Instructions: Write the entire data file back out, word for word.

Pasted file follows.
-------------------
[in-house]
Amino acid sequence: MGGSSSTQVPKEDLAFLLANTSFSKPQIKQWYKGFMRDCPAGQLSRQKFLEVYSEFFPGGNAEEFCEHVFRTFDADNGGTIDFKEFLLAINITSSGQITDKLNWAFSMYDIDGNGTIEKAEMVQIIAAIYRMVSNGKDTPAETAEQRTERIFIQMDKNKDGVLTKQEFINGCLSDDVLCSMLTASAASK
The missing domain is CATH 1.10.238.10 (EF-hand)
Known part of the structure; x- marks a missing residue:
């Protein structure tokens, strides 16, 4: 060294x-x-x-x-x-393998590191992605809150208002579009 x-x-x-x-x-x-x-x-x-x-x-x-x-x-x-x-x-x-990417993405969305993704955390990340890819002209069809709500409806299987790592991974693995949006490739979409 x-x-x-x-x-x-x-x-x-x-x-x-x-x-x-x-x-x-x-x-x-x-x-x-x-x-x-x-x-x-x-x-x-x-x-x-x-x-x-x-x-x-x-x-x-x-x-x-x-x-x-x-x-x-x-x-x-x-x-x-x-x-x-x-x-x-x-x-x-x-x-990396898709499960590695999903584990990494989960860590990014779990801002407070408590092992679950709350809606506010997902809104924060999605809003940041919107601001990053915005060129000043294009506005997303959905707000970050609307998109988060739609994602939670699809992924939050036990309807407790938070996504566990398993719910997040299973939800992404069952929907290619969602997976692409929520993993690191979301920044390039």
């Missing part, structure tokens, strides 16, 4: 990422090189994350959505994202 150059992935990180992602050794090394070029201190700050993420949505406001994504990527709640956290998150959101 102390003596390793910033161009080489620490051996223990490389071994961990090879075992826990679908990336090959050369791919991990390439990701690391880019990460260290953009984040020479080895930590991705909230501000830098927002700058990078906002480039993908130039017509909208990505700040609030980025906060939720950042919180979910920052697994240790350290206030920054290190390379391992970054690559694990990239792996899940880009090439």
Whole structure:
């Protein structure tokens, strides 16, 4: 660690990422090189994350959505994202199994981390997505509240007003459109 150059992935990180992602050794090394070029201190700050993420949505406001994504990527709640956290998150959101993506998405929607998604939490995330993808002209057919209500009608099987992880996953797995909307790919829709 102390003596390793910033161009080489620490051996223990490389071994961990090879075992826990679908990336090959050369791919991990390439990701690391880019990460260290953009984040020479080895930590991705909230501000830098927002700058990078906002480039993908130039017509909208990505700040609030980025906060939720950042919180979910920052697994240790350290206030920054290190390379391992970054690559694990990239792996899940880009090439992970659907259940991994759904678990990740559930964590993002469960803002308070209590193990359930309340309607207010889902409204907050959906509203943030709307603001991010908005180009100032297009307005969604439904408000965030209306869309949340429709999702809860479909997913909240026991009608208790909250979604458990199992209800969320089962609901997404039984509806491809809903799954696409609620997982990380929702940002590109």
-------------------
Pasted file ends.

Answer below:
[in-house]
Amino acid sequence: MGGSSSTQVPKEDLAFLLANTSFSKPQIKQWYKGFMRDCPAGQLSRQKFLEVYSEFFPGGNAEEFCEHVFRTFDADNGGTIDFKEFLLAINITSSGQITDKLNWAFSMYDIDGNGTIEKAEMVQIIAAIYRMVSNGKDTPAETAEQRTERIFIQMDKNKDGVLTKQEFINGCLSDDVLCSMLTASAASK
The missing domain is CATH 1.10.238.10 (EF-hand)
Known part of the structure; x- marks a missing residue:
């Protein structure tokens, strides 16, 4: 060294x-x-x-x-x-393998590191992605809150208002579009 x-x-x-x-x-x-x-x-x-x-x-x-x-x-x-x-x-x-990417993405969305993704955390990340890819002209069809709500409806299987790592991974693995949006490739979409 x-x-x-x-x-x-x-x-x-x-x-x-x-x-x-x-x-x-x-x-x-x-x-x-x-x-x-x-x-x-x-x-x-x-x-x-x-x-x-x-x-x-x-x-x-x-x-x-x-x-x-x-x-x-x-x-x-x-x-x-x-x-x-x-x-x-x-x-x-x-x-990396898709499960590695999903584990990494989960860590990014779990801002407070408590092992679950709350809606506010997902809104924060999605809003940041919107601001990053915005060129000043294009506005997303959905707000970050609307998109988060739609994602939670699809992924939050036990309807407790938070996504566990398993719910997040299973939800992404069952929907290619969602997976692409929520993993690191979301920044390039």
């Missing part, structure tokens, strides 16, 4: 990422090189994350959505994202 150059992935990180992602050794090394070029201190700050993420949505406001994504990527709640956290998150959101 102390003596390793910033161009080489620490051996223990490389071994961990090879075992826990679908990336090959050369791919991990390439990701690391880019990460260290953009984040020479080895930590991705909230501000830098927002700058990078906002480039993908130039017509909208990505700040609030980025906060939720950042919180979910920052697994240790350290206030920054290190390379391992970054690559694990990239792996899940880009090439």
Whole structure:
């Protein structure tokens, strides 16, 4: 660690990422090189994350959505994202199994981390997505509240007003459109 150059992935990180992602050794090394070029201190700050993420949505406001994504990527709640956290998150959101993506998405929607998604939490995330993808002209057919209500009608099987992880996953797995909307790919829709 102390003596390793910033161009080489620490051996223990490389071994961990090879075992826990679908990336090959050369791919991990390439990701690391880019990460260290953009984040020479080895930590991705909230501000830098927002700058990078906002480039993908130039017509909208990505700040609030980025906060939720950042919180979910920052697994240790350290206030920054290190390379391992970054690559694990990239792996899940880009090439992970659907259940991994759904678990990740559930964590993002469960803002308070209590193990359930309340309607207010889902409204907050959906509203943030709307603001991010908005180009100032297009307005969604439904408000965030209306869309949340429709999702809860479909997913909240026991009608208790909250979604458990199992209800969320089962609901997404039984509806491809809903799954696409609620997982990380929702940002590109």